Published: 10:00, 15 August 2014
The family of a 30-year-old man who took his own life by stepping in front of a train have paid tribute to a "kind and gentle person".
An inquest heard how keen sportsman Aaron Armstrong had suffered gambling problems.
He had battled the addiction for five years and was experiencing severe financial problems at the time of his death.
The popular pool and golf player travelled to Simpson's Crossing near the Bobbing Apple complex, where he suffered multiple injuries, on May 19.
In a statement after the inquest at the Archbishop's Palace, Maidstone, his family said: "Aaron was a caring and popular young man who touched the lives of everyone who knew him. We were privileged to have him in our lives."
A solicitor for Network Rail told how a new warning system has now been fitted at the crossing - the same spot where another suicide took place just months earlier.
But coroner Patricia Harding told the track operator to take more action following the two tragedies.
She heard Mr Armstrong was a scaffolder by trade and from a loving family.
But he developed a gambling addiction and financial difficulties haunted him for five years, the inquest was told.
He was living in St George's Avenue, Sheerness, with his father at the time of his death and two months earlier said he had thought about being hit by a train.
It was also heard he tried to take his own life in 2009. Mrs Harding recorded a suicide verdict.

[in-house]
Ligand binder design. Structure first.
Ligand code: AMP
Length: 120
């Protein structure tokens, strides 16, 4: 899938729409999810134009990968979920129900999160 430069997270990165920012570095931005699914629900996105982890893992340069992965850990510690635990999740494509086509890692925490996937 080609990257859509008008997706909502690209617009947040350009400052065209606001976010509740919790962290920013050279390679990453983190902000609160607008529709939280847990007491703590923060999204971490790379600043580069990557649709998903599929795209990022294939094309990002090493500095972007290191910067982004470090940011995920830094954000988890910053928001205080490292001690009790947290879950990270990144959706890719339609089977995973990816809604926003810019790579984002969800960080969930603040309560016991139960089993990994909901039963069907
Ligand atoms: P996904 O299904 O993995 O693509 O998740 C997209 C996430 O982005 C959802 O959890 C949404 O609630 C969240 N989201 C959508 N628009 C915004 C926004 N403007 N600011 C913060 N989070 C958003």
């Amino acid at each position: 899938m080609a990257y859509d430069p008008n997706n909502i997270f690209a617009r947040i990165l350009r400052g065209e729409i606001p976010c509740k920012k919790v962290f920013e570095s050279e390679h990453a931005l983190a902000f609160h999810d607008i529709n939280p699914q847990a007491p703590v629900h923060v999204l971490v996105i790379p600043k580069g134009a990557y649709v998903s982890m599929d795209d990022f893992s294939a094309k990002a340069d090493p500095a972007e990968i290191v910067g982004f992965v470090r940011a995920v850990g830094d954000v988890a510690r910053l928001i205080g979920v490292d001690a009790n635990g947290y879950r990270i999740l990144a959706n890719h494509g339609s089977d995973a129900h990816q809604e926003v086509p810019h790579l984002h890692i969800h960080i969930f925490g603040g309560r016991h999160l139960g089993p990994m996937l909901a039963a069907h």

"He was a kind and gentle person. We were privileged to have him in our lives..." - Aaron Armstrong's family
In a statement, Mr Armstrong's family said: "Aaron was a caring and popular young man who touched the lives of everyone who knew him.
"He was a kind and gentle person. We were privileged to have him in our lives.
"We would like to thank all our friends and family for the support we have received since Aaron's tragic death, which has been a hugely difficult time for us.
"We will always miss him and will always be thinking of him."
Mr Armstrong's death was the second suicide to take place at the crossing in five months.
Shortly before Christmas, mother-of-two Joelli Budd died after she was also hit by a train.
Following her death, and before Mr Armstrong's, Network Rail placed Samaritans boards on either side of the crossing.
But coroner Mrs Harding feared this measure is not enough.
Sian Williams, a Network Rail solicitor attending the inquest, said a new warning system has been fitted at the crossing.
This tells people of an oncoming train by playing a noise similar to a horn. This was already planned to be installed before Mr Armstrong died.
She added the operator is considering building a footbridge because of a proposed new residential development nearby.
Mrs Harding described these actions as commendable, but asked if more could be done.
She asked if Network Rail had considered fitting CCTV near the station, but the solicitor did not know.
A report will now be written and sent to Network Rail asking it to consider improvements.
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